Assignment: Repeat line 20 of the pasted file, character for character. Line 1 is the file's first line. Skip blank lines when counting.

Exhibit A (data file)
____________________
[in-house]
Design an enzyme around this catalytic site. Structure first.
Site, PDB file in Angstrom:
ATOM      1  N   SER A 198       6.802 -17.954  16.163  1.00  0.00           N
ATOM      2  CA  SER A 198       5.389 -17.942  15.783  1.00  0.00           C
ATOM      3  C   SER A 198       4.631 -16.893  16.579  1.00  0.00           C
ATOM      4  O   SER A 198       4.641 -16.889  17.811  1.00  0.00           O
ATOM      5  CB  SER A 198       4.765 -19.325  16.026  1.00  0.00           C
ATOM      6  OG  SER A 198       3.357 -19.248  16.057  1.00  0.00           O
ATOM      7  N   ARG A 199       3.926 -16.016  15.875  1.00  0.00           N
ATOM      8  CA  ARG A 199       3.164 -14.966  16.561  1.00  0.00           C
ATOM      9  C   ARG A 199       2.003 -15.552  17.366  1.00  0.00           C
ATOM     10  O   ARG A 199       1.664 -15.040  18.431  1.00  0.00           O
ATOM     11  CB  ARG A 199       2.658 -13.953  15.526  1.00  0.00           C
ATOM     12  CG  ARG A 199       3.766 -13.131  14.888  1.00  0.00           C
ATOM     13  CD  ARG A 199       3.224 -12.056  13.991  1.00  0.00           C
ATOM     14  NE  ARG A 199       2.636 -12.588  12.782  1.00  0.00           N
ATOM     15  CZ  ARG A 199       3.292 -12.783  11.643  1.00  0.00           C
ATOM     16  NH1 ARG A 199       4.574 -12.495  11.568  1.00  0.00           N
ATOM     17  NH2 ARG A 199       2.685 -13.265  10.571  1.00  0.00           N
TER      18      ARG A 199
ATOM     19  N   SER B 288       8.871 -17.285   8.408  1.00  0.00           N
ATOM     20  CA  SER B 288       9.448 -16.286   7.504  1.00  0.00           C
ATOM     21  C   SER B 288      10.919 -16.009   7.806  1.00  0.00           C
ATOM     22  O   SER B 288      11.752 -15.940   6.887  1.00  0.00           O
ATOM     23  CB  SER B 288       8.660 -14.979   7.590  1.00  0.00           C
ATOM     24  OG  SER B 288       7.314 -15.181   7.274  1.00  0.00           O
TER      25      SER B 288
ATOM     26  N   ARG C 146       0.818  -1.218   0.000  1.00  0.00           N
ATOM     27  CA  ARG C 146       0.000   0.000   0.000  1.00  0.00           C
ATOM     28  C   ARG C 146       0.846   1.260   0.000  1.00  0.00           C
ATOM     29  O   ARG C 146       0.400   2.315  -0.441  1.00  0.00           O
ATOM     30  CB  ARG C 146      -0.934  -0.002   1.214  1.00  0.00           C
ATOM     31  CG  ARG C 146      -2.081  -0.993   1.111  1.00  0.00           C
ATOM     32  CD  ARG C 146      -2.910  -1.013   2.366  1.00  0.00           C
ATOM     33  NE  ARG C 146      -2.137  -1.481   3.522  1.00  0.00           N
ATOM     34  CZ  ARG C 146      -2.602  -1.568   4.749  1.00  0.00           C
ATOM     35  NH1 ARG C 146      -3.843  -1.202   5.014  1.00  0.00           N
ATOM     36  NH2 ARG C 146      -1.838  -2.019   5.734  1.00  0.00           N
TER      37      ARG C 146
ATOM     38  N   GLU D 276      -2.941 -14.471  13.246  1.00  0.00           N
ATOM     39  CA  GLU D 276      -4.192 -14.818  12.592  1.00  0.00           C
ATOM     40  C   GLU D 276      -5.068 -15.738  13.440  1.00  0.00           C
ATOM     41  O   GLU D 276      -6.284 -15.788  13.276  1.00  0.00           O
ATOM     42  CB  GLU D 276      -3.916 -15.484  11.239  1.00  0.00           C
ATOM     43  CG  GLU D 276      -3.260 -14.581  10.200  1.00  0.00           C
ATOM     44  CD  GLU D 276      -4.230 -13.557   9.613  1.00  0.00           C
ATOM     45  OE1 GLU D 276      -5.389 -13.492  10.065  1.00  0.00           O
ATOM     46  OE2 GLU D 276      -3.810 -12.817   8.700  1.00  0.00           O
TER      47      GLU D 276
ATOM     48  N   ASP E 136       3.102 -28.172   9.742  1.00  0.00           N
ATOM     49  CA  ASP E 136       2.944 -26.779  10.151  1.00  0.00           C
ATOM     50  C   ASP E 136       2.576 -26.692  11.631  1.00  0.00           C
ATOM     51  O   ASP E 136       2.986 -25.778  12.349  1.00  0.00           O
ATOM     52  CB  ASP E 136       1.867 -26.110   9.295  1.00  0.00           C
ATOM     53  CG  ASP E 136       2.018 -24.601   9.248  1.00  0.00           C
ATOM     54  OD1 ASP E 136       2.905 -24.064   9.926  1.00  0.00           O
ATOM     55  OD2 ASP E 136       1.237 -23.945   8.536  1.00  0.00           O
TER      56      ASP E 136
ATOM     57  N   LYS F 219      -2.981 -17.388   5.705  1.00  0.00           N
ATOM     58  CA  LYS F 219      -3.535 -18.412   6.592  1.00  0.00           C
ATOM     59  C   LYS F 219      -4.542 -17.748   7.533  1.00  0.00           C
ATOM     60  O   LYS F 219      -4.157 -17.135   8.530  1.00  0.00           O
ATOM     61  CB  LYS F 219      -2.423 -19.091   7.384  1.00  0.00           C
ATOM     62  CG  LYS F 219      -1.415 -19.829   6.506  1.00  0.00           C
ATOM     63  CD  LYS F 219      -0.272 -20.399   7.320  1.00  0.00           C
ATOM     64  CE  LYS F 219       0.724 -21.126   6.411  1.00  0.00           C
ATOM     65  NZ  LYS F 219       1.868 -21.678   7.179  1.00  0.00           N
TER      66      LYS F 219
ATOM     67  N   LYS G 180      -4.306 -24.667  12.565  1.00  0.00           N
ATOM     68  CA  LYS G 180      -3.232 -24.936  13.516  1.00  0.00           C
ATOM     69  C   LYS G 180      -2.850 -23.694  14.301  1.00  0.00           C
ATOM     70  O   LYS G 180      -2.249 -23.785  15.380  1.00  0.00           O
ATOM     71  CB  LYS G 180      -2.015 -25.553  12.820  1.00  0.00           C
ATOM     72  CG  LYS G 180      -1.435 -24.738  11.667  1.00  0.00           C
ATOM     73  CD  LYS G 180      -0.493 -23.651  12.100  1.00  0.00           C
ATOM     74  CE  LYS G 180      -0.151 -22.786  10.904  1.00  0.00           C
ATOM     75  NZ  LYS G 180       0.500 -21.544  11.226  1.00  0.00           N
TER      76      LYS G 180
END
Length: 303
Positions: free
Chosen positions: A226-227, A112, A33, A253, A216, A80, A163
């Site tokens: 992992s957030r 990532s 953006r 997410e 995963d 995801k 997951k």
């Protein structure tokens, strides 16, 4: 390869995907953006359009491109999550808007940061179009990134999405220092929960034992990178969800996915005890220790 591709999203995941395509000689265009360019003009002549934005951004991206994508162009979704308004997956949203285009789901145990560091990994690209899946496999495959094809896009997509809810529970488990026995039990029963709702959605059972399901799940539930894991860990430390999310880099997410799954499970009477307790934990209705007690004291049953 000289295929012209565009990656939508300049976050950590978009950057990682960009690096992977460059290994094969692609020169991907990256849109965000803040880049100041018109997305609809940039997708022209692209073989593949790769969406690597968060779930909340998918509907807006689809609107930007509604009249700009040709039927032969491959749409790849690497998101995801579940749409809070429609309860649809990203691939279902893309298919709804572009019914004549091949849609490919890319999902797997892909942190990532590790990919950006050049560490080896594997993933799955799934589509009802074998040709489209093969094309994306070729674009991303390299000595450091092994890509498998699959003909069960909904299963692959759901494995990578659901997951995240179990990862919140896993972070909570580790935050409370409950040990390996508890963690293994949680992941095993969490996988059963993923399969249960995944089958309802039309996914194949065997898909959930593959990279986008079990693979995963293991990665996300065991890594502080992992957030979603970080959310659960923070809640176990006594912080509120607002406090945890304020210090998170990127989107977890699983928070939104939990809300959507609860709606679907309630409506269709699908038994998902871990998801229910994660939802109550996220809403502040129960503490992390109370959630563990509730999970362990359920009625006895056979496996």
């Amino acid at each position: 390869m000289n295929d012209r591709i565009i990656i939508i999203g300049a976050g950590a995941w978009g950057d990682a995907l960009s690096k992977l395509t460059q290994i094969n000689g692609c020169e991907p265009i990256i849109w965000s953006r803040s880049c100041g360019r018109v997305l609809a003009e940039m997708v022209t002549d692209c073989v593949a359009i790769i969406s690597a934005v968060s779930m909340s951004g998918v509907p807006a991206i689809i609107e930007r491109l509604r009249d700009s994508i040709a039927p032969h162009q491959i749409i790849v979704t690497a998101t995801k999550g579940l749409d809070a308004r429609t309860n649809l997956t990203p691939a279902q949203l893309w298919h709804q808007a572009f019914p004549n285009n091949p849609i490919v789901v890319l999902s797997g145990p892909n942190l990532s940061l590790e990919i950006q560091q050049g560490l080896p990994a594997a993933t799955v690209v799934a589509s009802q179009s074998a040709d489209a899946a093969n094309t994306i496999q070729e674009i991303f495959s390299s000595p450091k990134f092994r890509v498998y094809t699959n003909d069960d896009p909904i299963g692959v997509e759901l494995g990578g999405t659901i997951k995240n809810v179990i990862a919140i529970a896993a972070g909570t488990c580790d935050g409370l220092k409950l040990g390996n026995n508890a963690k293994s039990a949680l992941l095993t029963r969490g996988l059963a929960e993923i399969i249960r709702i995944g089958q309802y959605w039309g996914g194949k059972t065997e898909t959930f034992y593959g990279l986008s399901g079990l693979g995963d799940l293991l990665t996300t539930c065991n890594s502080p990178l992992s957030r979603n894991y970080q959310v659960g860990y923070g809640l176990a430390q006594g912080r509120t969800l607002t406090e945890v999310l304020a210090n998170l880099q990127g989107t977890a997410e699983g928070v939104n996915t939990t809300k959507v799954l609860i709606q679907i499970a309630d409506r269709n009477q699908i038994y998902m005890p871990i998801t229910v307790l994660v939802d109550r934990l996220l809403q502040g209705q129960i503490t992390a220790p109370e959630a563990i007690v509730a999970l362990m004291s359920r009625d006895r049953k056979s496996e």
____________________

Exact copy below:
ATOM     17  NH2 ARG A 199       2.685 -13.265  10.571  1.00  0.00           N